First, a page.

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Rhododendron calendulaceum

This plant has poison characteristics. See below.
Common Name(s):
Flame azalea
Cultivar(s):
Chatooga , Cherokee , Richard Beilski
Categories:
Native Plants, Poisonous Plants, Shrubs
Comment:

Needs a few hours of direct sun; slow to become established; yellow to red fall foliage; loosely branched, upright habit; drought tolerant; excellent for naturalistic landscapes; native to western NC; slow to become established. This plant is frequently damaged by deer.

Description:
Woody, deciduous shrubs; fruit an elongated capsule.
Height:
4-8 ft.
Foliage:
Medium green foliage; yellow to red fall color. Leaves are alternate, simple, with either smooth or toothed margins.
Flower:
2 in., tubular, 5-parted, yellow, orange, red, scarlet, pink, apricot, salmon, or gold flowers, in loose trusses in a terminal cluster. Blooms late spring. Not fragrant
Zones:
5 to 7
Habit:
Deciduous
Site:
Partial shade; moist, well-drained soil; needs a few hours of direct sun
Texture:
Coarse
Form:
Upright; loosely branched
Exposure:
Partial shade; moist well drained soil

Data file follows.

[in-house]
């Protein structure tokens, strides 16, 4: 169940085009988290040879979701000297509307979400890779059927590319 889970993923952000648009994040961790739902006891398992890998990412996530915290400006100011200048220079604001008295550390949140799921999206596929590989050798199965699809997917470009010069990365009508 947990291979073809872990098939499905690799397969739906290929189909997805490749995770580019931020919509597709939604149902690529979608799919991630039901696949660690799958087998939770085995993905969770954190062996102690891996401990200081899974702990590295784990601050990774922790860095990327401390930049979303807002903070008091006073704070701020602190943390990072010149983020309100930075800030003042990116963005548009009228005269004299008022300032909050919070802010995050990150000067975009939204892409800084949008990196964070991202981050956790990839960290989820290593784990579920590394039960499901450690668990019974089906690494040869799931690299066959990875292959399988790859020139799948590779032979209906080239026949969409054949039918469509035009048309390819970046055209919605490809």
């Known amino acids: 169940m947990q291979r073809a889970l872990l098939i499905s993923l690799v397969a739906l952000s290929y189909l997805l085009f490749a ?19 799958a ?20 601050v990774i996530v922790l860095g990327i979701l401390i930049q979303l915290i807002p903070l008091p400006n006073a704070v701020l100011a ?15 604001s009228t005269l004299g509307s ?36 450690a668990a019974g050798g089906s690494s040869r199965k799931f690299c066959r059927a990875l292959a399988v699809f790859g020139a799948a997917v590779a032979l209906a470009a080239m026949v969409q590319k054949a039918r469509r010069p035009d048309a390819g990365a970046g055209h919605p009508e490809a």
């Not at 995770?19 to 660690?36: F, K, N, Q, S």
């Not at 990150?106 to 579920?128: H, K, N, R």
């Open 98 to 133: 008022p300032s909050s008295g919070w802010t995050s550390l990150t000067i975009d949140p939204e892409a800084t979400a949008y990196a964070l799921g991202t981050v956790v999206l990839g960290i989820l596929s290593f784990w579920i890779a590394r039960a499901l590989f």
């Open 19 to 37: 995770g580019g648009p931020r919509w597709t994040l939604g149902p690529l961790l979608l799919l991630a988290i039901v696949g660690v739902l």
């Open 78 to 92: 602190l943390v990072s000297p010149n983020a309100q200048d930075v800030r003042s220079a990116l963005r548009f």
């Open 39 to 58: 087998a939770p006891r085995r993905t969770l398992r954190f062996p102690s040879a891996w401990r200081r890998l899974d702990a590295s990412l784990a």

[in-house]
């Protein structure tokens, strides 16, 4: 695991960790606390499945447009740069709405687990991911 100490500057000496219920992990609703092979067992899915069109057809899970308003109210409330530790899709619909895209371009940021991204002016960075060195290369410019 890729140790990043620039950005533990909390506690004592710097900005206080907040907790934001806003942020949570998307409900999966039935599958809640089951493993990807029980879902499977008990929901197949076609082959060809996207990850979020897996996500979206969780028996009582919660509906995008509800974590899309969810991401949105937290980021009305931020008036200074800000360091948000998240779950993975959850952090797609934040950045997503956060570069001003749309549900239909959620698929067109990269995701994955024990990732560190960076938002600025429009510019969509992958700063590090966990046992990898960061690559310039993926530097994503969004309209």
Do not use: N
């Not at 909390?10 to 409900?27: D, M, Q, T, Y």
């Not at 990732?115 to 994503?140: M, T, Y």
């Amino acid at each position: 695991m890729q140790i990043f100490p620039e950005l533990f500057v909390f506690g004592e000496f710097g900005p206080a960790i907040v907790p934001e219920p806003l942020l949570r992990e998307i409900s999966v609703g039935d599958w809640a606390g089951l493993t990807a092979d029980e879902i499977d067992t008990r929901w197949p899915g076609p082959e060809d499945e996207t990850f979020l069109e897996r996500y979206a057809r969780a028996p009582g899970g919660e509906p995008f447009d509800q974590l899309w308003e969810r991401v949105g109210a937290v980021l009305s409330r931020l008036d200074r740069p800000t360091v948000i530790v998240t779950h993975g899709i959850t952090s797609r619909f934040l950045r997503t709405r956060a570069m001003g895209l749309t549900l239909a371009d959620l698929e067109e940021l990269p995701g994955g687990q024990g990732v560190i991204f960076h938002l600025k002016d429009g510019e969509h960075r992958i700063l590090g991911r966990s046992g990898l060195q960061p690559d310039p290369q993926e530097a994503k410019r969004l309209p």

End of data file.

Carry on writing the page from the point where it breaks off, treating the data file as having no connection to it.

Poison Part:
All parts.
Poison Delivery Mode:
Ingestion.
Symptoms:
Salivation, watering of eyes and nose, abdominal pain, loss of energy, depression, nausea and vomiting, diarrhea, weakness, difficult breathing, progressive paralysis of arms and legs, coma.
Toxic Principle:
Andromedotoxin.
Severity:
HIGHLY TOXIC, MAY BE FATAL IF EATEN!
Found in:
Houseplant or interiorscape; landscape as cultivated woody shrub; forest or natural area.
Width:
8-10 ft.
Tags:
deciduous, bumble bees, native

NCCES plant id: 531

Rhododendron calendulaceum R. calendulaceum plant in the wild
Photo by Nick Turland, CC BY-NC-ND - 2.0
Rhododendron calendulaceum R. calendulaceum flower clusters
Photo by Nick Turland, CC BY-NC-ND - 2.0
Rhododendron calendulaceum Orange flowers close-up
dogtooth77, CC BY-NC-SA - 2.0
Rhododendron calendulaceum Rhododendron calendulaceum
JR P, CC BY-NC-2.0